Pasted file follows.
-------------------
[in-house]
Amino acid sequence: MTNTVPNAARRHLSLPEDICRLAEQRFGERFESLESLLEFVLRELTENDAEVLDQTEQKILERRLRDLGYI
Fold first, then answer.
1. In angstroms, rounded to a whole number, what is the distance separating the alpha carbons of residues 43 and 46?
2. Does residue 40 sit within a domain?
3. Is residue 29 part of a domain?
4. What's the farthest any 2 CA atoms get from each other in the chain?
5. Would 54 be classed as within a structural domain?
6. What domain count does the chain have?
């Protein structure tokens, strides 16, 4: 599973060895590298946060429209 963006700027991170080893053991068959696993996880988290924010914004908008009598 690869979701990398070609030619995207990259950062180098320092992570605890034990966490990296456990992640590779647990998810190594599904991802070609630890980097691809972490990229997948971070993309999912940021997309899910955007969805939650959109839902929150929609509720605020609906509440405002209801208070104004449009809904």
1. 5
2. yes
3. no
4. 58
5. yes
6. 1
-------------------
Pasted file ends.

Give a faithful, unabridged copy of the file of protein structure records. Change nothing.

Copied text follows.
[in-house]
Amino acid sequence: MTNTVPNAARRHLSLPEDICRLAEQRFGERFESLESLLEFVLRELTENDAEVLDQTEQKILERRLRDLGYI
Fold first, then answer.
1. In angstroms, rounded to a whole number, what is the distance separating the alpha carbons of residues 43 and 46?
2. Does residue 40 sit within a domain?
3. Is residue 29 part of a domain?
4. What's the farthest any 2 CA atoms get from each other in the chain?
5. Would 54 be classed as within a structural domain?
6. What domain count does the chain have?
């Protein structure tokens, strides 16, 4: 599973060895590298946060429209 963006700027991170080893053991068959696993996880988290924010914004908008009598 690869979701990398070609030619995207990259950062180098320092992570605890034990966490990296456990992640590779647990998810190594599904991802070609630890980097691809972490990229997948971070993309999912940021997309899910955007969805939650959109839902929150929609509720605020609906509440405002209801208070104004449009809904």
1. 5
2. yes
3. no
4. 58
5. yes
6. 1